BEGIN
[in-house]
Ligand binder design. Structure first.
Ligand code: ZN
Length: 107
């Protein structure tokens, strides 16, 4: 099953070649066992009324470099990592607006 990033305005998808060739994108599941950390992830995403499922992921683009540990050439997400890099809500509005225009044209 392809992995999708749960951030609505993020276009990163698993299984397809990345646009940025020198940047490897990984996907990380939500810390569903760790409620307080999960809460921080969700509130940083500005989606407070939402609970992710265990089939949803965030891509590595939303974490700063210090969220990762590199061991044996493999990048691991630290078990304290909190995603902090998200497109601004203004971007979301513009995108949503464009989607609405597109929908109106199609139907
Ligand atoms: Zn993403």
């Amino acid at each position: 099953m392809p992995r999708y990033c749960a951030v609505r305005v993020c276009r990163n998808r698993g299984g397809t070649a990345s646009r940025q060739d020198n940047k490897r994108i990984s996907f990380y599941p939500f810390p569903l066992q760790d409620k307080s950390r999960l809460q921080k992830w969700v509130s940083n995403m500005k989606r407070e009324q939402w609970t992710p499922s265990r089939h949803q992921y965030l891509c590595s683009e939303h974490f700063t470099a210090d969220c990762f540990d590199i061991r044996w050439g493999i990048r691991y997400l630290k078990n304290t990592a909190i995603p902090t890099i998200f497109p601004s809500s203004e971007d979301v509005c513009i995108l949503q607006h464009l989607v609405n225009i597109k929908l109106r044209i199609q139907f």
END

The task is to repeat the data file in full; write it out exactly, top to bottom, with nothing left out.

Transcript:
[in-house]
Ligand binder design. Structure first.
Ligand code: ZN
Length: 107
């Protein structure tokens, strides 16, 4: 099953070649066992009324470099990592607006 990033305005998808060739994108599941950390992830995403499922992921683009540990050439997400890099809500509005225009044209 392809992995999708749960951030609505993020276009990163698993299984397809990345646009940025020198940047490897990984996907990380939500810390569903760790409620307080999960809460921080969700509130940083500005989606407070939402609970992710265990089939949803965030891509590595939303974490700063210090969220990762590199061991044996493999990048691991630290078990304290909190995603902090998200497109601004203004971007979301513009995108949503464009989607609405597109929908109106199609139907
Ligand atoms: Zn993403």
């Amino acid at each position: 099953m392809p992995r999708y990033c749960a951030v609505r305005v993020c276009r990163n998808r698993g299984g397809t070649a990345s646009r940025q060739d020198n940047k490897r994108i990984s996907f990380y599941p939500f810390p569903l066992q760790d409620k307080s950390r999960l809460q921080k992830w969700v509130s940083n995403m500005k989606r407070e009324q939402w609970t992710p499922s265990r089939h949803q992921y965030l891509c590595s683009e939303h974490f700063t470099a210090d969220c990762f540990d590199i061991r044996w050439g493999i990048r691991y997400l630290k078990n304290t990592a909190i995603p902090t890099i998200f497109p601004s809500s203004e971007d979301v509005c513009i995108l949503q607006h464009l989607v609405n225009i597109k929908l109106r044209i199609q139907f």